The daily Nebraskan. ([Lincoln, Neb.) 1901-current, June 26, 1997, Summer Edition, Page 4, Image 4

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Credit when credit’s due
For many, borrowed money can be a costly affair
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By Lori Robison
Staff Reporter
Credit can be fun and easy to
live with, but overcoming a moun
tain of debt is definitely not a hike
through the park.
“You can’t run from (debt),”
Vicki Kuntz, risk manager for the
National Bank of Commerce, said.
In her experiences lecturing
about credit at area colleges and
high schools, Kuntz expressed sur
prise at many students’ attitudes
that high debt and bad credit will
not return to haunt them after
When these graduates begin
looking for houses a few years
after school, she said, they find
themselves face-to-face with a bad
credit history.
Kuntz said NBC no longer
solicits credit card customers by
mail because too many customers
were running up a high level of
debt and having trouble paying it
off later.
“We weren’t helping them,”
she said, adding that credit
approval ratings for cards dropped
70 percent after the mailings
stopped and tougher restrictions
for card approvals were imple
Tom Struebing, office manager
for Credit Advisors, Inc. in
Lincoln, blamed the availability of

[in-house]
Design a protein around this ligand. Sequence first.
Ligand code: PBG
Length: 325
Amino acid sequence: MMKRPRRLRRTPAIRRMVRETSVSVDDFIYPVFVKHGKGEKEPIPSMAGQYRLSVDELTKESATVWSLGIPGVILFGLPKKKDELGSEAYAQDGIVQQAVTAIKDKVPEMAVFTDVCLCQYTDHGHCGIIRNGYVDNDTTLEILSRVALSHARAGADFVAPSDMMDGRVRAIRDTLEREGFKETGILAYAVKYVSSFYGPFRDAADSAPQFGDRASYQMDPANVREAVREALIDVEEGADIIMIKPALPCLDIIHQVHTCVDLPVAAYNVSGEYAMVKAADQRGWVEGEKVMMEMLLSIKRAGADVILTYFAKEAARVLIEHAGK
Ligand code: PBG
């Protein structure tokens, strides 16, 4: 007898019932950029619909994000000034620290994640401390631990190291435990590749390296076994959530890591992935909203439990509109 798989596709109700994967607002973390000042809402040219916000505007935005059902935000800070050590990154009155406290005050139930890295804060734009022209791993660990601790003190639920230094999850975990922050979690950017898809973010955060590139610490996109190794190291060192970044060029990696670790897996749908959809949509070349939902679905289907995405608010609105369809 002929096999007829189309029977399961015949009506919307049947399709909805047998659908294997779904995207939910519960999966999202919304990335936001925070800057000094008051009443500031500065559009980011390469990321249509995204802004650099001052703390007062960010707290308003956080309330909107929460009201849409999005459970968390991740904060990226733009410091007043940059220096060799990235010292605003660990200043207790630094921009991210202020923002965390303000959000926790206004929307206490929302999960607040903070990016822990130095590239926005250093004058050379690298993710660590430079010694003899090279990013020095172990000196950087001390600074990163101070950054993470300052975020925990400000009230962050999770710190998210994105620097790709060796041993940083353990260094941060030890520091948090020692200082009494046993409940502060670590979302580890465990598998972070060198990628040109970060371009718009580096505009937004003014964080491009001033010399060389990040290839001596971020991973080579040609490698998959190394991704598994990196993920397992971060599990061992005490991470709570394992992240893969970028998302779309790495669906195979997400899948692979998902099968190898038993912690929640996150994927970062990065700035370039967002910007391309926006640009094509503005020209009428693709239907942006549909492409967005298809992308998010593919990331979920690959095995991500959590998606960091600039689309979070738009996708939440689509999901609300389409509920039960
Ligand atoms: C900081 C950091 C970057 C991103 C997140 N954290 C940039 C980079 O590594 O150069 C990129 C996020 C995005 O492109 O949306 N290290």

easy credit, increased credit limits
and low, temporary introductory
rates as major reasons for the sig
nificant rise in his business’s cus
tomers in over their heads with
credit card debt. Credit card com
panies are giving cards to practi
cally anyone who wants one, he
Laras are becoming more
available to more people now than
ever before,” he said.
But the potential pitfalls for
college students do not end with
the never-ending deluge of credit
card offers arriving in the mail.
There is also the necessary trade
off of loans for education many
must make to attend classes and
buy books.
According to Amanda
Koelling, student loan clerk for
NBC, the average four-year loan
debt for students borrowing feder
al loans is between $17,000 to
$18,000, though Nebraska enjoys
a lower default rating of 11 percent
compared to the approximately 19
percent loan default rating for the
nation, she said.
Koelling said most banks pro
vide federal loans to almost any
college in the state, with the
exception of a few colleges
(including UNL) operating under
the William D. Ford Direct Loan
Program. And, she said, the proce
dure is not as strict as for approval
for other loans or even credit